Cabo Azul Resort & Spa
Rates: Room rates start from $350 per night.
Commission: 20 percent on bookings made through GDS.
Packages: A three-night Spa/Dinner Package includes a $100 spa or dining credit.
Details dazzle the eye at Cabo Azul Resort & Spa, the splashiest beach resort in San Jose del Cabo. Interior designer Dodd Mitchell didn’t skip a beat when he created dramatically unique bedrooms, kitchens, restaurants — and a striking wedding chapel — with a deep espresso and cream palette set against nature’s blue horizon. Headboards and lamps have a Moroccan flair, couches and chairs are sleekly modern and dark wooden tables and chairs on seaview balconies conjure visions of a leisurely hacienda lifestyle. All 332 villas feel just like home — if you happen to live in a seaside chateau straight out of Architectural Digest.
Clients can receive beachside
massages from the Paz Spa.
Tucked amid the giant, all-inclusive spreads that seem to multiply like rabbits in Los Cabos, Cabo Azul is downright exclusive and intimate. When I arrived at the guarded gates on a steamy August day, other passengers in my airport van grumbled with envy. Though the lobby was unimpressive (it’s temporary), the bellman’s greeting was instantly friendly and accommodating. Quiet air conditioning blasted beautifully when I reached my one-bedroom villa.
Designed with timeshare buyers in mind (but also available as hotel rooms), the villas have up to three bedrooms and come with fully equipped kitchens. An on-site, gourmet market is stocked with everything from Mexican coffee beans to French wines. At the adjacent bakery/deli/Internet cafe, glass cases display flaky croissants, crisp salads and flavorful pizzas. World-weary clients could hole up in their classy villas for days on end, relying on speedy room service for multi-course meals and various plasma-screen televisions for entertainment.
But, they would miss lunching poolside on savory seafood soup, crisp fries and fresh green salad with panela cheese (ask for the spicy dressing on the side) served at Flor de Noche, a palapa-shaded restaurant with barstools in the pool and dining tables beneath a canopy of thick, nautical ropes. Waiters race about to the pools and beach delivering margaritas, guacamole and ceviche to guests burrowing into woven, basket-like pods with thick mattresses or lounging beneath white umbrellas.
In the center of the property, three black-bottom pools descend on a slight slope that leads to a broad band of tan sand beside the pounding waves and unpredictable currents of the Sea of Cortez. Red flags warn swimmers to refrain from plunging into the tempting surf. San Jose’s main hotel zone has the dubious distinction of being a beach resort with formidable seas, best appreciated from the sand. At Cabo Azul, guests study the whitecaps from plush, padded lounge chairs beneath palm umbrellas, minty mojitos close at hand. Most days, the pools and beach are blissfully free of pounding music and frenetic activities, though the noise level depends on the type of guests hanging about. Children are present and the occasional rowdy crowd insists on splashing about but, for the most part, the ambience is relaxing and serene.
Avoiding the brightest midday sun, I escaped to the cool, cocoon-like Paz Spa. Thousands of iridescent white shells cover the ceiling above curving hallways and smooth, pebble-lined floors lead to bubbling hot tubs and peaceful therapy suites. Onyx, lapis, opal and quartz crystals help balance energies and enhance treatments — the signature massage certainly soothed my jangled nerves. While checking out the spa’s terrace suite with a double outdoor shower, crystal Jacuzzi and daybed sprinkled with rose petals, I wished my husband had come with me.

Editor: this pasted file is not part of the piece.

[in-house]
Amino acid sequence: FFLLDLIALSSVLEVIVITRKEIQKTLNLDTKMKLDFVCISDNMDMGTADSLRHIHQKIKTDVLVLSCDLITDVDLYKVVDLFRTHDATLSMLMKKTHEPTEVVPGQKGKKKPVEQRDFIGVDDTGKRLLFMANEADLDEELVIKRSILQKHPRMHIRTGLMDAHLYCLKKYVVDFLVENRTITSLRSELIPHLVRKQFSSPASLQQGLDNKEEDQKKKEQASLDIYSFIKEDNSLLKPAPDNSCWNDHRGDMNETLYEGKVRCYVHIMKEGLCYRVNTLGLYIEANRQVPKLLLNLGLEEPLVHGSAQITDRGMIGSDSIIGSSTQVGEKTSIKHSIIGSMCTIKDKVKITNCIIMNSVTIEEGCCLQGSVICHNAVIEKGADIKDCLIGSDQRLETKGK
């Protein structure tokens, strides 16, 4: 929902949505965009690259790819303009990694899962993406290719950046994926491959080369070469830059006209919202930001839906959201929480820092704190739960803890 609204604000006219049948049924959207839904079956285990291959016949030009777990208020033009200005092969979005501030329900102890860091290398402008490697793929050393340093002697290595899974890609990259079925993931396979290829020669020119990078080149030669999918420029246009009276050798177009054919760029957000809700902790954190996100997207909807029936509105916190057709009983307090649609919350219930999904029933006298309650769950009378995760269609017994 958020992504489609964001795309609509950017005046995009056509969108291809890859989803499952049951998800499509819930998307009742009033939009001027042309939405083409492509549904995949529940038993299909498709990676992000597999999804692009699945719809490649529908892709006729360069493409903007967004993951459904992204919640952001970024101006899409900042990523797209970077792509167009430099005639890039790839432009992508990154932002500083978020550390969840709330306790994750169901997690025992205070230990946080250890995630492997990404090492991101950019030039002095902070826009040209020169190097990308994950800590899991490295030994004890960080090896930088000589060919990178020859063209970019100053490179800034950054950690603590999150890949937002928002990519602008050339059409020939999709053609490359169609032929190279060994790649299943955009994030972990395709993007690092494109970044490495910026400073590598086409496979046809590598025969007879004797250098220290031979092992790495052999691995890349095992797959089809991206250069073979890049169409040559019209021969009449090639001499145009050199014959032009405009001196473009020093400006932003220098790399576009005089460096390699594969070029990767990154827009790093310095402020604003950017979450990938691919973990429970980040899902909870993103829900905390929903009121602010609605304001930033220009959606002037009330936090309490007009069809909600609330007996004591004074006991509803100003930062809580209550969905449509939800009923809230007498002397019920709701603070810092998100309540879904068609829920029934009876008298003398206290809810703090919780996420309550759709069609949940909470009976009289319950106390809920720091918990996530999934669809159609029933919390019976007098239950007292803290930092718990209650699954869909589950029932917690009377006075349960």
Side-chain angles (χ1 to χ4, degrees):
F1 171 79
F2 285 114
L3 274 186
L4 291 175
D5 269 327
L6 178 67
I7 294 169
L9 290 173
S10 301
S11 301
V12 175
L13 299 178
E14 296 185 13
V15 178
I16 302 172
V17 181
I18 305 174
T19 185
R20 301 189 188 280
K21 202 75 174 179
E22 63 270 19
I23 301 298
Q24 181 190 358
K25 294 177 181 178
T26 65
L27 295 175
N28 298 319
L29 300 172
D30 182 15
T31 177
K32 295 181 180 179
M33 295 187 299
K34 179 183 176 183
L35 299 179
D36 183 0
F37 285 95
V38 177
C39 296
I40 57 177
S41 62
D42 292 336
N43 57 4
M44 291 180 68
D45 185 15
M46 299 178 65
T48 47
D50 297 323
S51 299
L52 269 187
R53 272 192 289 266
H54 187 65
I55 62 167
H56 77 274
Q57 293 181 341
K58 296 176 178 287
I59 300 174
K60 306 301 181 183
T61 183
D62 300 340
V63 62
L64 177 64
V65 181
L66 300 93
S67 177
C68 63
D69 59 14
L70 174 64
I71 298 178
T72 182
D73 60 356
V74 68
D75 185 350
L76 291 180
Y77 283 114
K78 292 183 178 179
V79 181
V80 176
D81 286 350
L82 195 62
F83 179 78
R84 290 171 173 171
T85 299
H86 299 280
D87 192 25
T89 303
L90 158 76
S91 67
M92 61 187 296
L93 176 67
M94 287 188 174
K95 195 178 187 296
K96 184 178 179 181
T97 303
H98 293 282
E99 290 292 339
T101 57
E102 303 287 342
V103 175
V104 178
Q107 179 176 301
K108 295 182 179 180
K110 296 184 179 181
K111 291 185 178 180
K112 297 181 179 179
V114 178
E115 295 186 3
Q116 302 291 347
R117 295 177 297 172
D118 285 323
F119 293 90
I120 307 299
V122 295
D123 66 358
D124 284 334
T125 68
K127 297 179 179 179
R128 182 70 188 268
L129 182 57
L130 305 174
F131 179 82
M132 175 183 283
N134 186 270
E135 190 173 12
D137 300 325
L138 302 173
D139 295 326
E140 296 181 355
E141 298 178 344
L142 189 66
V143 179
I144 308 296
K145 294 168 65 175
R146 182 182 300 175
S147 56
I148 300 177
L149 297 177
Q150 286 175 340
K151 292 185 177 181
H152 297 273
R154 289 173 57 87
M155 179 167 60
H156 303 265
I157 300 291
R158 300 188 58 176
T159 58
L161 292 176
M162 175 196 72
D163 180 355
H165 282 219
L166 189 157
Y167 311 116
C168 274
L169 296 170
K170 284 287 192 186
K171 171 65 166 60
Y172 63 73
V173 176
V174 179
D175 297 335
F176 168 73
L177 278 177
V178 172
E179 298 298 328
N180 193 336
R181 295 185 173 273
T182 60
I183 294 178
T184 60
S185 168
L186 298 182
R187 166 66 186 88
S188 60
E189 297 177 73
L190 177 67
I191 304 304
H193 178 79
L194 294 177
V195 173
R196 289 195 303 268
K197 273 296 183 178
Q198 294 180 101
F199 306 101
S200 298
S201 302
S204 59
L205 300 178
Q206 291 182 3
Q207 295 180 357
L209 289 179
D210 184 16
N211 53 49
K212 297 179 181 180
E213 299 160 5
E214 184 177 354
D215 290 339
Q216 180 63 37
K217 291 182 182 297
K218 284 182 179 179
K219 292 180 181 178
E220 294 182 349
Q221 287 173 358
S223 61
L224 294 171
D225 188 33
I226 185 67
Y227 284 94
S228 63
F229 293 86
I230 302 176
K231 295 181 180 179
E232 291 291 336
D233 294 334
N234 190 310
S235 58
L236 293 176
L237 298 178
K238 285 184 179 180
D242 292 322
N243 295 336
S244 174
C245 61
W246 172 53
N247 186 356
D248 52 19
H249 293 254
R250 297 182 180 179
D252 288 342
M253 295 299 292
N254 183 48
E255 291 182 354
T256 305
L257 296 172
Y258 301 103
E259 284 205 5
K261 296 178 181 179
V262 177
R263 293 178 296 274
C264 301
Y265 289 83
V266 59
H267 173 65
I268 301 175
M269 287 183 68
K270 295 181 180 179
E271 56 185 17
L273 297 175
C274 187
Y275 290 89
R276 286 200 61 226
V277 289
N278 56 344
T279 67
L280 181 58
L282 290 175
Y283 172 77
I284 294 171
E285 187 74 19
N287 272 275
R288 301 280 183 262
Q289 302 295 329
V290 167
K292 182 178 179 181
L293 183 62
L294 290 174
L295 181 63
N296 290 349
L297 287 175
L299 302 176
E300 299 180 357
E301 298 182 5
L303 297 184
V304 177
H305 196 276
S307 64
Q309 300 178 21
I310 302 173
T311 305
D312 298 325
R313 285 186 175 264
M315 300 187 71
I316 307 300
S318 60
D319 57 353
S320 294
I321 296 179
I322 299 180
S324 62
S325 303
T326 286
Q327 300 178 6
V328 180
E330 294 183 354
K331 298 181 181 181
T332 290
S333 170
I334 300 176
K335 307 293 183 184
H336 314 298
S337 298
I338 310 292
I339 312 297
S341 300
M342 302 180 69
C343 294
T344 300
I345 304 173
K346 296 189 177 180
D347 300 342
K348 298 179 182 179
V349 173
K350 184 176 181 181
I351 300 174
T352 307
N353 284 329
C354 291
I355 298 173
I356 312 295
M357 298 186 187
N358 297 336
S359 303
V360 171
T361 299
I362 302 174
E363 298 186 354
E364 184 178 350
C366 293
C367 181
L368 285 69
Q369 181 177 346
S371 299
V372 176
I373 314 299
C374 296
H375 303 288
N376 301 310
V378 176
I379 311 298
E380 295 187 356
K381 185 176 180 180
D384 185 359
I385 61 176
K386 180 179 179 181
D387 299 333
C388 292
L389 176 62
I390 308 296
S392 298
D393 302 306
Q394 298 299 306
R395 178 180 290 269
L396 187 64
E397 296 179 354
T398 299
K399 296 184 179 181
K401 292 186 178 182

Romance reigns at El Corazon, the resort’s five-story-high, open-air wedding chapel with candlelit waterfalls and a massive cross and Star of David that can be lowered from the ceiling. The breathtaking view from this stunning aerie provides a dramatic backdrop for couples tying the knot. However, you needn’t attend a wedding to feel the resort’s elegance.
At nighttime, candles and lights glow throughout Cabo Azul. Fire pits burst into flame on pool islands and along paths leading to Javier’s, the signature restaurant. Like its popular sister restaurants in Southern California, Javier’s specializes in extraordinary Mexican cuisine that keeps you coming back for more. Have clients begin their dinner by sipping the hotel’s signature Don Julio tequila while studying the menu — the seafood enchiladas and prawns with garlic and poblano chilies are exceptional.
Cabo Azul is still a work in progress; dining options will eventually include a tequila and ceviche tasting bar and a taco bar. A 60-room boutique hotel will be the centerpiece of phase two, scheduled for completion in fall 2009. By then, many of the existing villas will be reserved for timeshare owners, since Cabo Azul is a part of Pacific Monarch Resorts program. But, the hotel promises to be exceptional as well, thanks to designer Mitchell’s eye for detail and general manager Cesar Gonzalez’s attitude toward service.
During my stay, waiters, housekeepers, store clerks and gardeners all seemed supremely pleased to greet each guest with a cheery smile at every encounter. Even the maintenance workers stopped everything to walk lost wanderers to the spa or reception.
"We want a more relaxed environment that’s not too casual," Gonzalez said when I remarked on my many pleasant encounters with staff members. "Service is all about experience. We strive for excellence with humility."
The result is a welcoming and relaxing ambience that makes you want to settle into your villa as if you truly were at home.